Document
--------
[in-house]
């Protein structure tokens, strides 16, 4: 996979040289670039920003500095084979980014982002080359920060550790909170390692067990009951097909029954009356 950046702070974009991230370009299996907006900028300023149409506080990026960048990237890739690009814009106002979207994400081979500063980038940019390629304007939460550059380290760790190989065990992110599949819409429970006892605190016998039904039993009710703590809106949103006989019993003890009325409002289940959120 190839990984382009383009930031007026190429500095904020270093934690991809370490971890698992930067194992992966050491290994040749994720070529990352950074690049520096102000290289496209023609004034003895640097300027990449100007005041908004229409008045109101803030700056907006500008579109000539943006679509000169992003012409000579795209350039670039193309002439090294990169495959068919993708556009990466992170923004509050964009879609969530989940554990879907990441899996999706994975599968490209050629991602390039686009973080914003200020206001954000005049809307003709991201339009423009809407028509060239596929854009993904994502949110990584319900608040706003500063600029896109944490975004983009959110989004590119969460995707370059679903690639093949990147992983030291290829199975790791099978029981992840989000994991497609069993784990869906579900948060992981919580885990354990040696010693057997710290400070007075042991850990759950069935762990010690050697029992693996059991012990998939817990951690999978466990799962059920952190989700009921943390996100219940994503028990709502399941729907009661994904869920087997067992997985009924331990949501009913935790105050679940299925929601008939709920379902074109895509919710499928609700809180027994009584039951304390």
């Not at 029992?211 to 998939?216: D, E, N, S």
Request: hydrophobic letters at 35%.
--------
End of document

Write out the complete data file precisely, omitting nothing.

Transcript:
[in-house]
């Protein structure tokens, strides 16, 4: 996979040289670039920003500095084979980014982002080359920060550790909170390692067990009951097909029954009356 950046702070974009991230370009299996907006900028300023149409506080990026960048990237890739690009814009106002979207994400081979500063980038940019390629304007939460550059380290760790190989065990992110599949819409429970006892605190016998039904039993009710703590809106949103006989019993003890009325409002289940959120 190839990984382009383009930031007026190429500095904020270093934690991809370490971890698992930067194992992966050491290994040749994720070529990352950074690049520096102000290289496209023609004034003895640097300027990449100007005041908004229409008045109101803030700056907006500008579109000539943006679509000169992003012409000579795209350039670039193309002439090294990169495959068919993708556009990466992170923004509050964009879609969530989940554990879907990441899996999706994975599968490209050629991602390039686009973080914003200020206001954000005049809307003709991201339009423009809407028509060239596929854009993904994502949110990584319900608040706003500063600029896109944490975004983009959110989004590119969460995707370059679903690639093949990147992983030291290829199975790791099978029981992840989000994991497609069993784990869906579900948060992981919580885990354990040696010693057997710290400070007075042991850990759950069935762990010690050697029992693996059991012990998939817990951690999978466990799962059920952190989700009921943390996100219940994503028990709502399941729907009661994904869920087997067992997985009924331990949501009913935790105050679940299925929601008939709920379902074109895509919710499928609700809180027994009584039951304390």
């Not at 029992?211 to 998939?216: D, E, N, S």
Request: hydrophobic letters at 35%.